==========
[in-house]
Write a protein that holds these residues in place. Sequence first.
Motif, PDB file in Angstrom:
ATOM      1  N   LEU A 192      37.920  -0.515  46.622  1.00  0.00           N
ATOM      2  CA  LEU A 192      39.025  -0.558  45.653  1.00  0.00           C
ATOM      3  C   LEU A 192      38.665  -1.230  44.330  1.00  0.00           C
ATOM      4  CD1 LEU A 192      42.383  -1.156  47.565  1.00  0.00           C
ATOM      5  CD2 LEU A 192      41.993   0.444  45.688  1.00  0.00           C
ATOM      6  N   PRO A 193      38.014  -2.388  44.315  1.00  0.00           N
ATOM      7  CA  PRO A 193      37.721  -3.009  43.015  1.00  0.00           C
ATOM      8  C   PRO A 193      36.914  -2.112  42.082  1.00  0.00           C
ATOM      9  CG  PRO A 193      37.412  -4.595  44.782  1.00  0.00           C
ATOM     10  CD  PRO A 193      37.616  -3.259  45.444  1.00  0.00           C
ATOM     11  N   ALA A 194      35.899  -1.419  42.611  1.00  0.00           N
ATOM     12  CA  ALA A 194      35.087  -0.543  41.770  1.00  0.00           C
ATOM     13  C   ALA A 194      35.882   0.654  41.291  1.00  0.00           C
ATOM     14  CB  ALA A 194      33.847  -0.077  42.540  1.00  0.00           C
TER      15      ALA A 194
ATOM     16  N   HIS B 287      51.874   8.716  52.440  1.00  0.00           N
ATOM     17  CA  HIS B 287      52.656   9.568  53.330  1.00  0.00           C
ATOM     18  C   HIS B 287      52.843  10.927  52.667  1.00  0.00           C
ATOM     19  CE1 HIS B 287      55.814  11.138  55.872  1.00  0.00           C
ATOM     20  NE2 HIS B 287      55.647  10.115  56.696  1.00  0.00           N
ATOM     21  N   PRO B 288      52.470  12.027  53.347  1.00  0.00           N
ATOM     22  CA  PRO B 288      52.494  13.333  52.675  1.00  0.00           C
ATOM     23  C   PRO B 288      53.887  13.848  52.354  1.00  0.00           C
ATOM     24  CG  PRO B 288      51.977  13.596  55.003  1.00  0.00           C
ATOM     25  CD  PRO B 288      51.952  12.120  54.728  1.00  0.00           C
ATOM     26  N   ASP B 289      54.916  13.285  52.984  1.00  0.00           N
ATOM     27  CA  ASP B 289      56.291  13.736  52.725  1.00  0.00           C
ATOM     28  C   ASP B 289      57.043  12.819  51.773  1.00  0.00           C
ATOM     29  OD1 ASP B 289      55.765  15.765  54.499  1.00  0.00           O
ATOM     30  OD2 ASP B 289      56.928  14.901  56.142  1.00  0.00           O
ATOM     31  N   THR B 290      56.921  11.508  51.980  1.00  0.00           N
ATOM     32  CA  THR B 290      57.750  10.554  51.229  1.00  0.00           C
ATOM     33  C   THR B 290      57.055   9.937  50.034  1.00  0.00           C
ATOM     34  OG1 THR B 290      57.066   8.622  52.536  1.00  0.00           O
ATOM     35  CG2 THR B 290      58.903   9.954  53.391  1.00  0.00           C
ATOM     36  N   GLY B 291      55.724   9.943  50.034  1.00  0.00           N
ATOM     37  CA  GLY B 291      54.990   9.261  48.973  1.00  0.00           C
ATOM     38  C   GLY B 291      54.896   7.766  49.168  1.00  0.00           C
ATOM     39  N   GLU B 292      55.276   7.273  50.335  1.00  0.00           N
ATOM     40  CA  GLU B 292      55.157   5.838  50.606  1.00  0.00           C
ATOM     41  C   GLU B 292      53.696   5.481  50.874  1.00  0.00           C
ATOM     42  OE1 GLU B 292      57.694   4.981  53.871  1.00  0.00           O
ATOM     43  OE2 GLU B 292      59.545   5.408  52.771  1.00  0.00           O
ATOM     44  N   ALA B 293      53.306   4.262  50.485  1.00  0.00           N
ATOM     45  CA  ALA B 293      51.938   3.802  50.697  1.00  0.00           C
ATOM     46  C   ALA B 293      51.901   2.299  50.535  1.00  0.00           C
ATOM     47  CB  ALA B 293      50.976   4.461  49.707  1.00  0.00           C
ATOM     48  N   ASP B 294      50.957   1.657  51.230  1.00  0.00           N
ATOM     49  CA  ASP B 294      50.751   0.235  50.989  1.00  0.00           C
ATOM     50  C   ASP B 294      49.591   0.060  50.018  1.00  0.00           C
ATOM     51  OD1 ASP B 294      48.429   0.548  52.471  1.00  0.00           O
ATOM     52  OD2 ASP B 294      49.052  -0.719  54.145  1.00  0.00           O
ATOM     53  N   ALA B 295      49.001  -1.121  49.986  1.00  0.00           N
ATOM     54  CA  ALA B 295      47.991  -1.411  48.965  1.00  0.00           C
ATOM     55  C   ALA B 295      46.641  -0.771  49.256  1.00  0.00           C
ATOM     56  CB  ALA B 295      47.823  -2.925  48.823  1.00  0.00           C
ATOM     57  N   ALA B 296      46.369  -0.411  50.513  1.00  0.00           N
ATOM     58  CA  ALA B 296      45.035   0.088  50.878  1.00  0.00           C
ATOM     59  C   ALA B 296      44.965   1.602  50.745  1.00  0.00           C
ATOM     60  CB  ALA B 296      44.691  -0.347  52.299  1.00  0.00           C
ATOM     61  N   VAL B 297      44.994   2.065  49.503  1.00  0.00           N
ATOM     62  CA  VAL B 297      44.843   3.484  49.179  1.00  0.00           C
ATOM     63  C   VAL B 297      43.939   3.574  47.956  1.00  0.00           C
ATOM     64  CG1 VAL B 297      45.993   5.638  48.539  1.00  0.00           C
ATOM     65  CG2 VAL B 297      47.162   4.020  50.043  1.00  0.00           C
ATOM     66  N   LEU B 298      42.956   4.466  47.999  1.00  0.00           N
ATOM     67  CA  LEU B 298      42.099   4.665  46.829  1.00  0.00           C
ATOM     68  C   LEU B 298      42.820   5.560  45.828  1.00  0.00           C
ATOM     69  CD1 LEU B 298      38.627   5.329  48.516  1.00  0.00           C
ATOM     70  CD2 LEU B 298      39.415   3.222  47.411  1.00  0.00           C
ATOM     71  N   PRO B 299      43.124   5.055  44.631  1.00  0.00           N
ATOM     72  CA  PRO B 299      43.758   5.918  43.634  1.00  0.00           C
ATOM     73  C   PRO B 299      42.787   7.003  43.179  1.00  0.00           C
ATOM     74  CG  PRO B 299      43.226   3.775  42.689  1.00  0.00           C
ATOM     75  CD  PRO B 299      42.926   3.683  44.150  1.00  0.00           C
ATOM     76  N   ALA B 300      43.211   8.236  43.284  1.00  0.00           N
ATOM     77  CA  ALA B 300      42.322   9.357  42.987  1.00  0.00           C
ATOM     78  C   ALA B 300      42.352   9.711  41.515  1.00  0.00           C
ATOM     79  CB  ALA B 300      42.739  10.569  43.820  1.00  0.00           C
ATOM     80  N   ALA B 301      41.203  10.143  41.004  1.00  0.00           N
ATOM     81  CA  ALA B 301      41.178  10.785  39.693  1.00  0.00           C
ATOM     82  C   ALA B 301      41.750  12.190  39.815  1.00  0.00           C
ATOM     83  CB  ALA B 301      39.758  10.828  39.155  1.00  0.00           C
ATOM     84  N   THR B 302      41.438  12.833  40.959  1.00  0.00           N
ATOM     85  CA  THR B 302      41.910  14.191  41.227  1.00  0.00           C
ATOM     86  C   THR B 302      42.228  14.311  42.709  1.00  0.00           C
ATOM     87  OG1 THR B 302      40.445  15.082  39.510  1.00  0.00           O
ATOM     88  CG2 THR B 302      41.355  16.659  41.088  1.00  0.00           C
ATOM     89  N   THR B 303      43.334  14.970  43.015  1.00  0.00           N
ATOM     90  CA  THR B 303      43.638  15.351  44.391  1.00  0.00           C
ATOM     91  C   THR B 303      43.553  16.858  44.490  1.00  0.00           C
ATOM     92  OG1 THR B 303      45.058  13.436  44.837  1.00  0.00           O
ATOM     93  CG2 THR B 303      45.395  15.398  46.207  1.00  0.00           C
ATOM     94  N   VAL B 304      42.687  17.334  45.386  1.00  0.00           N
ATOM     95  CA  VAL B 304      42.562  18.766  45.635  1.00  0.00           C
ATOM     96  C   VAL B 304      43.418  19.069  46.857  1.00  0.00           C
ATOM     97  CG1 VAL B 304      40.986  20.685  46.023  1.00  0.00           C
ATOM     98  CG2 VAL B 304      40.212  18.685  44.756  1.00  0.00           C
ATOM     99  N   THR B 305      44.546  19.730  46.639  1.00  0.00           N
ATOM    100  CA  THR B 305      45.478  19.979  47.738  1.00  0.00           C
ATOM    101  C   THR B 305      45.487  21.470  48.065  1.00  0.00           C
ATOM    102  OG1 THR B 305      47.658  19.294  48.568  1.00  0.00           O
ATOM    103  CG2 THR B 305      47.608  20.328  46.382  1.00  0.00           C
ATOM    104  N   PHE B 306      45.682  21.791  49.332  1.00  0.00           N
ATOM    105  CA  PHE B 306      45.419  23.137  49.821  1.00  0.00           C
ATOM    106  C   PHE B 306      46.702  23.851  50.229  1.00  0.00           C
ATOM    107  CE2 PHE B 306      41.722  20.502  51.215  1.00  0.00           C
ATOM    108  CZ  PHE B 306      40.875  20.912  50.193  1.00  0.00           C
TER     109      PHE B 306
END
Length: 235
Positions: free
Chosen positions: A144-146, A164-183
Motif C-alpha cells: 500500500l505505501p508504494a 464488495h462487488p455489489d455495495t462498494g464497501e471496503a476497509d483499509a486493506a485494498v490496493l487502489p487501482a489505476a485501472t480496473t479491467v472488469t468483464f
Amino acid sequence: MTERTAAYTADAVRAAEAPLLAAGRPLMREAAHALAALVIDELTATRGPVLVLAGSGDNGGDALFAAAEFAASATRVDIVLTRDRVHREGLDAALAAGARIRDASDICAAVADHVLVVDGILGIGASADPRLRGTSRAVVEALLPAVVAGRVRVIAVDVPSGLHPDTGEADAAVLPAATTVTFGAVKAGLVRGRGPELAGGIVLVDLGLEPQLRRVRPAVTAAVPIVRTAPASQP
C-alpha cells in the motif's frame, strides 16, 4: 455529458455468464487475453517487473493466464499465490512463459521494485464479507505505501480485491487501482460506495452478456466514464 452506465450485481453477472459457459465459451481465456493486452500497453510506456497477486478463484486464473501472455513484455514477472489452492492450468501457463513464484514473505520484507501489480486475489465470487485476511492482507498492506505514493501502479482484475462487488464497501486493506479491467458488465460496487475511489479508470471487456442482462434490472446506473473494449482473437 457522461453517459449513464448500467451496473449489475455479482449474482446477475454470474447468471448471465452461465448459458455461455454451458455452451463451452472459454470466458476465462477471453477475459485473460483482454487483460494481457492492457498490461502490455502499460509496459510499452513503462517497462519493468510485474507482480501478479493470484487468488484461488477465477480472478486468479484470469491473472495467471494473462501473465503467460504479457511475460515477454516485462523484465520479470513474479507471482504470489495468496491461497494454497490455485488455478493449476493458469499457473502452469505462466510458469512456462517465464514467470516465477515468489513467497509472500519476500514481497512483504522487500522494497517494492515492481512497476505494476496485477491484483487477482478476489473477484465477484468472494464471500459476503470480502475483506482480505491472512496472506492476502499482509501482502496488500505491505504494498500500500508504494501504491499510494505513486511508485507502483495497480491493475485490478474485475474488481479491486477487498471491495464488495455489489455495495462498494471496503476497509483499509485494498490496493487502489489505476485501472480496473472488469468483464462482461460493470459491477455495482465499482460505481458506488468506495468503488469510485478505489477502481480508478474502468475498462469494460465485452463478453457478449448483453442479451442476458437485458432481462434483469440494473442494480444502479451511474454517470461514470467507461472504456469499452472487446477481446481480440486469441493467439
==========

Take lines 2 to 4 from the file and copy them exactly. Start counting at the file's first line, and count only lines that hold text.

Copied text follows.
Write a protein that holds these residues in place. Sequence first.
Motif, PDB file in Angstrom:
ATOM      1  N   LEU A 192      37.920  -0.515  46.622  1.00  0.00           N